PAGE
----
Millennium Centre.


In the spring, we went to England and Wales, which we visited between English Clovelly and Liverpool. Three friendly Welsh men in the Café at Stonehenge gave us a fine introduction to their country. They discussed how some of the monument's large boulders had been transported the 240 miles from Wales. They also told us about their joy of Welsh culture and about miners’ hard work in the past.

A bowl of bananasNational Assembly.

Party in Cardiff and reunion in Ogmore by Sea

We drove from Cornwall to Cardiff, the capital of Wales. arriving there on a Saturday while crowds of joyful people filled the streets and pubs. When we asked locals about the cause, they said, "There is always a party here at weekends."

Welsh devolution was implemented in 1999 following a referendum a few years earlier. The National Assembly is a floating, eco-friendly building in Cardiff Bay. The nearby Millennium Centre seems more earthbound. On a guided tour, we learnt how its materials and style reflect Welsh nature and culture. Local poet Gwyneth Lewis' Welsh and English words over the entrance frame the purpose of the house, “In these stones horizons sing.”

In front of the building people were busy making stalls for an Eisteddfod. Wales has a tradition of these festivals for poetry, music and theatre believed to date back to the 13th century. A minority of the population master Welsh, and a young man who had grown up with it as his first language spoke warmly for spreading use of his native tongue.

Cardiff Castle has Roman and Norman remains and a Gothic-inspired building erected in the 19th century by the Bute family. They played an important role in the development that made the city a significant shipping port for coal. We got the impression of a welcoming capital characterized by both historical roots and visionary dynamics.

In Southerndown and Ogmore by Sea we saw the distinctive layered cliffs that have inspired Millennium Centre's slate walls and horizontal windows. The purpose of our visit was to meet David Powell and his wife Harriet, who retired to Wales after a working life in London. Lars cooperated with David on a cultural project and a book in the 1980s. We had a warm reunion in their home and dinner at a pub. David generously shared his life story with us. See David.

A bowl of bananasPub in Southerndown.

Banksy in Port Talbot and mountain trip in Llanberis

We stopped in the industrial town Port Talbot to see Banksy's painting “Season's Greetings”. When we reached the humble garage where it was supposed to be according to our GPS, two locals pointed to a hole in the wall. They showed us to the town centre, where a crane watched by journalists, photographers and spectators was moving the work to a planned street art museum, which was later abandoned.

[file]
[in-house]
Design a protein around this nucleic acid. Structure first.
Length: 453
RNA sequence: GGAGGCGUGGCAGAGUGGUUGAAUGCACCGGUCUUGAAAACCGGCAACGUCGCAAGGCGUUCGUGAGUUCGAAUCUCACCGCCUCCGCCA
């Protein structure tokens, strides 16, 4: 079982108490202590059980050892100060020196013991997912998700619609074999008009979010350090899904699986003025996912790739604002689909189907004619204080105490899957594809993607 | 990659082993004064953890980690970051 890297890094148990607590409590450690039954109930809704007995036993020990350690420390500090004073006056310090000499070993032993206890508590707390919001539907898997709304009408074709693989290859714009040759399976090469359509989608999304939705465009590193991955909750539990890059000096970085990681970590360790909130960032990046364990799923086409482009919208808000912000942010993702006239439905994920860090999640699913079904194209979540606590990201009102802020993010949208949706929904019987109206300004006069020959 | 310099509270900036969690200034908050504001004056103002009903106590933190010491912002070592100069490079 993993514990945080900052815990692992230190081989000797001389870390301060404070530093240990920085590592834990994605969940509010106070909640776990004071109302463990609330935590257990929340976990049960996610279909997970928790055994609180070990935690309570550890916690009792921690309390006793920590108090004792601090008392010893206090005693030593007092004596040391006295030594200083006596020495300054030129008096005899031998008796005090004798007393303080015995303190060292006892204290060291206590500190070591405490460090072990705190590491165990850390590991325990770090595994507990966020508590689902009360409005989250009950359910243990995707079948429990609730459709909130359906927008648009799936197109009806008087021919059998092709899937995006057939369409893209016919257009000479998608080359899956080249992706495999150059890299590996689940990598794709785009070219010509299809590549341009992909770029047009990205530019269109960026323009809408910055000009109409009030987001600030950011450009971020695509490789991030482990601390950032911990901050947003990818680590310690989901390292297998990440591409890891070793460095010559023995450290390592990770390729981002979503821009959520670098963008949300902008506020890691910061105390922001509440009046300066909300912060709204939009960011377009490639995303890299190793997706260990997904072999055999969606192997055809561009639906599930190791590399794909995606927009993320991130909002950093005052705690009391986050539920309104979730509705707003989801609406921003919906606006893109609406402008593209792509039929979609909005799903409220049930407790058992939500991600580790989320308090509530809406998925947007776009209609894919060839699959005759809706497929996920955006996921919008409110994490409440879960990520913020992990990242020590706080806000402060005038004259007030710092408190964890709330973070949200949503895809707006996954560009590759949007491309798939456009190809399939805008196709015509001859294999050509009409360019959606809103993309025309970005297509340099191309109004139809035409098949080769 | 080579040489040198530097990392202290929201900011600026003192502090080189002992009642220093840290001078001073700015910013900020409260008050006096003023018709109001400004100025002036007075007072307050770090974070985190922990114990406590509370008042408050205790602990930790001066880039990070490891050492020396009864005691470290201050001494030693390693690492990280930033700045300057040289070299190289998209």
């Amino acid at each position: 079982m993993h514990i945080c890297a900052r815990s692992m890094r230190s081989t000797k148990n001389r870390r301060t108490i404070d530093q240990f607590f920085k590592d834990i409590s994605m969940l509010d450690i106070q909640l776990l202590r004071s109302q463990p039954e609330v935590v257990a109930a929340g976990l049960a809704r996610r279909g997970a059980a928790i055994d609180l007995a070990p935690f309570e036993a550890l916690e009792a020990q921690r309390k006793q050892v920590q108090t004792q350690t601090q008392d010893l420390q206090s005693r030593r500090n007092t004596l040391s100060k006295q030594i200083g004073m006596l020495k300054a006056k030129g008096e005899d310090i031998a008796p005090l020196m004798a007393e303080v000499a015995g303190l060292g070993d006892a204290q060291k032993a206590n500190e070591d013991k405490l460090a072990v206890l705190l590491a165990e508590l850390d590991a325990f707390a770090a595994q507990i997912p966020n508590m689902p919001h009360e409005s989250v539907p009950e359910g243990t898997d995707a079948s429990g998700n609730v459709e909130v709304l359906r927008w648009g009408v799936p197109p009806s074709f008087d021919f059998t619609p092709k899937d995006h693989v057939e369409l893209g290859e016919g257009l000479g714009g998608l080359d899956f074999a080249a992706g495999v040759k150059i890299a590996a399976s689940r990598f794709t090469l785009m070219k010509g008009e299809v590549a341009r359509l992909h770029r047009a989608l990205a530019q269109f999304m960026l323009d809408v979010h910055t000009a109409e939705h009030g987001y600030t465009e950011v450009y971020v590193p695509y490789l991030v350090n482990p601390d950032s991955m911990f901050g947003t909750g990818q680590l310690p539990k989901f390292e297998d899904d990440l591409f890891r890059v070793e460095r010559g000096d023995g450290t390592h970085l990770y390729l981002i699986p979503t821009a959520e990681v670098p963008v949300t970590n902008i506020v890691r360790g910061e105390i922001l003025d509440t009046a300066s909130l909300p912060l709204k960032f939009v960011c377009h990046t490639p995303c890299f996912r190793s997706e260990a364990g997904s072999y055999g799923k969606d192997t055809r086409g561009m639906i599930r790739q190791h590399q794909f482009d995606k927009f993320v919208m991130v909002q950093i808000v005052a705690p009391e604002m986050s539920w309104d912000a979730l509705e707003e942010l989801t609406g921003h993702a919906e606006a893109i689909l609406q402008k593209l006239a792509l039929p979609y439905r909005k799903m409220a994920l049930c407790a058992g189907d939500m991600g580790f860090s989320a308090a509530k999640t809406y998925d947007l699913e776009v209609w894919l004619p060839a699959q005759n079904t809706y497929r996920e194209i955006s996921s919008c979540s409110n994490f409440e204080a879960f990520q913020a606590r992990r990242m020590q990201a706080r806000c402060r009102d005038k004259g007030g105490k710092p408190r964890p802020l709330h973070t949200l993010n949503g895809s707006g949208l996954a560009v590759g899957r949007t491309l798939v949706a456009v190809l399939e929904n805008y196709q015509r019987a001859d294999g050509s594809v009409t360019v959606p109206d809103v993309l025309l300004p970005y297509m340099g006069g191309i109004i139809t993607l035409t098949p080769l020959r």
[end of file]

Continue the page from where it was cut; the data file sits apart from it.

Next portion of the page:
We didn't see the eco-critical image of the child catching ashes like snowflakes with the tongue. But we got an impression of the known, anonymous artist's talent for branding his work.

A bowl of bananasBanksy gets attention.

Near the coastal town Aberystwyth, we had a nostalgic lunch break at Nanteos Mansion, which today is a luxurious hotel. When Lars was there in the 1970s, it housed a small language school run by young academics. A receptionist welcomed us and shared her knowledge of the building’s history and ghosts.

The mountain town of Llanberis is part of Snowdonia National Park, we stayed on a campsite with other people in hiking gear. It was our intention to walk to the top of Wales’ highest mountain Mt. Snowdon. But storm, rain and fog made us take the Snowdon Mountain Railway, whose narrow-gauge cog locomotives have pulled tourists to the top since 1896.

Our train had reached around halfway when heavy winds forced it to go down. One local assured that the weather is not always bad and that rain helps keep Wales green. The train ride however gave a fine impression of the hilly landscape with sheep and cows behind stone fences.

A bowl of bananasSnowdon Mountain Railway.

A bowl of bananasMt. Snowdon.

In a souvenir shop on our way to Llanberis, we saw a heart with the inscription: "To be born Welsh is to be born privileged." This was confirmed by the owner who had returned to Wales after having lived elsewhere.

A bowl of bananasHave a heart for Wales.

Before taking the ferry from Hull to Rotterdam to find Denmark, we ended our spring trip in English Liverpool and York.

January 2020